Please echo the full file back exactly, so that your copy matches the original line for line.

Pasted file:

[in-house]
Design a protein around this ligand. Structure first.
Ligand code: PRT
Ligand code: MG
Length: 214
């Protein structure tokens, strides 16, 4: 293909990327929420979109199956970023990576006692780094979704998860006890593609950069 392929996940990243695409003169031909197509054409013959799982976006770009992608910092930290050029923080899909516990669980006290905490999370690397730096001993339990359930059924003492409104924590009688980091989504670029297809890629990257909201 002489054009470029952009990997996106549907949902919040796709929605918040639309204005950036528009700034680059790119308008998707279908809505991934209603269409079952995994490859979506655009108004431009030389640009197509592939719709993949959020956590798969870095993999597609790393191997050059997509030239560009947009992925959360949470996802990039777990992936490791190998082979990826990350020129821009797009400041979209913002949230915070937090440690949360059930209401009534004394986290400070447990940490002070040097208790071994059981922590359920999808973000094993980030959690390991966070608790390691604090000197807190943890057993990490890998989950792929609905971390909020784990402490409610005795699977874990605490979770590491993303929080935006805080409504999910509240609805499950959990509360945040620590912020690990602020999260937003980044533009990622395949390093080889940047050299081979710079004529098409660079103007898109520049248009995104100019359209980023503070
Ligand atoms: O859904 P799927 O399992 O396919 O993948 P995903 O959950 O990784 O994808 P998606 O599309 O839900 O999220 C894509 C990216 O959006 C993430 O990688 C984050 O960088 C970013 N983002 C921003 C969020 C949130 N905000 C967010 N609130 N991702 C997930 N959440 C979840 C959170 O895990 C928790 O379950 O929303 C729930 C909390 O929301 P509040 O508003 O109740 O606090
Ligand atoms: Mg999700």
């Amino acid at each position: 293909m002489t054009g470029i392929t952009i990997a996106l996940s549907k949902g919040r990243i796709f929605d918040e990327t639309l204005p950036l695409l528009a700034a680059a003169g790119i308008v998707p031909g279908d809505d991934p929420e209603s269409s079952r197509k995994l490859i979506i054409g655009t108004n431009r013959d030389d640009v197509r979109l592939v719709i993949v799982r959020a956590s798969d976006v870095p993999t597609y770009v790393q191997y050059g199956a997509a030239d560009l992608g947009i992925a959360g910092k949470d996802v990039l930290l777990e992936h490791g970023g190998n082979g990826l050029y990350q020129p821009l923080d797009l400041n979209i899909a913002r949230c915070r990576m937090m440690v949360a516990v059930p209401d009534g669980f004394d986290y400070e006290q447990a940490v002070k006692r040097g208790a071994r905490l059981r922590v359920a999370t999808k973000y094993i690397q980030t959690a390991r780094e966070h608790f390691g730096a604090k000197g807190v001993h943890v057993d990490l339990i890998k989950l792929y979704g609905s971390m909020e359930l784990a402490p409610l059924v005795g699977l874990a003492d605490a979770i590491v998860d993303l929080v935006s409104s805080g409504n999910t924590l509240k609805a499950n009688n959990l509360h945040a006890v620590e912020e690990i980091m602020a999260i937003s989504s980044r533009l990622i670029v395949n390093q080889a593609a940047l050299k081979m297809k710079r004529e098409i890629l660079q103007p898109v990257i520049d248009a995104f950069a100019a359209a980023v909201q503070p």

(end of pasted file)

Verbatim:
[in-house]
Design a protein around this ligand. Structure first.
Ligand code: PRT
Ligand code: MG
Length: 214
């Protein structure tokens, strides 16, 4: 293909990327929420979109199956970023990576006692780094979704998860006890593609950069 392929996940990243695409003169031909197509054409013959799982976006770009992608910092930290050029923080899909516990669980006290905490999370690397730096001993339990359930059924003492409104924590009688980091989504670029297809890629990257909201 002489054009470029952009990997996106549907949902919040796709929605918040639309204005950036528009700034680059790119308008998707279908809505991934209603269409079952995994490859979506655009108004431009030389640009197509592939719709993949959020956590798969870095993999597609790393191997050059997509030239560009947009992925959360949470996802990039777990992936490791190998082979990826990350020129821009797009400041979209913002949230915070937090440690949360059930209401009534004394986290400070447990940490002070040097208790071994059981922590359920999808973000094993980030959690390991966070608790390691604090000197807190943890057993990490890998989950792929609905971390909020784990402490409610005795699977874990605490979770590491993303929080935006805080409504999910509240609805499950959990509360945040620590912020690990602020999260937003980044533009990622395949390093080889940047050299081979710079004529098409660079103007898109520049248009995104100019359209980023503070
Ligand atoms: O859904 P799927 O399992 O396919 O993948 P995903 O959950 O990784 O994808 P998606 O599309 O839900 O999220 C894509 C990216 O959006 C993430 O990688 C984050 O960088 C970013 N983002 C921003 C969020 C949130 N905000 C967010 N609130 N991702 C997930 N959440 C979840 C959170 O895990 C928790 O379950 O929303 C729930 C909390 O929301 P509040 O508003 O109740 O606090
Ligand atoms: Mg999700």
């Amino acid at each position: 293909m002489t054009g470029i392929t952009i990997a996106l996940s549907k949902g919040r990243i796709f929605d918040e990327t639309l204005p950036l695409l528009a700034a680059a003169g790119i308008v998707p031909g279908d809505d991934p929420e209603s269409s079952r197509k995994l490859i979506i054409g655009t108004n431009r013959d030389d640009v197509r979109l592939v719709i993949v799982r959020a956590s798969d976006v870095p993999t597609y770009v790393q191997y050059g199956a997509a030239d560009l992608g947009i992925a959360g910092k949470d996802v990039l930290l777990e992936h490791g970023g190998n082979g990826l050029y990350q020129p821009l923080d797009l400041n979209i899909a913002r949230c915070r990576m937090m440690v949360a516990v059930p209401d009534g669980f004394d986290y400070e006290q447990a940490v002070k006692r040097g208790a071994r905490l059981r922590v359920a999370t999808k973000y094993i690397q980030t959690a390991r780094e966070h608790f390691g730096a604090k000197g807190v001993h943890v057993d990490l339990i890998k989950l792929y979704g609905s971390m909020e359930l784990a402490p409610l059924v005795g699977l874990a003492d605490a979770i590491v998860d993303l929080v935006s409104s805080g409504n999910t924590l509240k609805a499950n009688n959990l509360h945040a006890v620590e912020e690990i980091m602020a999260i937003s989504s980044r533009l990622i670029v395949n390093q080889a593609a940047l050299k081979m297809k710079r004529e098409i890629l660079q103007p898109v990257i520049d248009a995104f950069a100019a359209a980023v909201q503070p």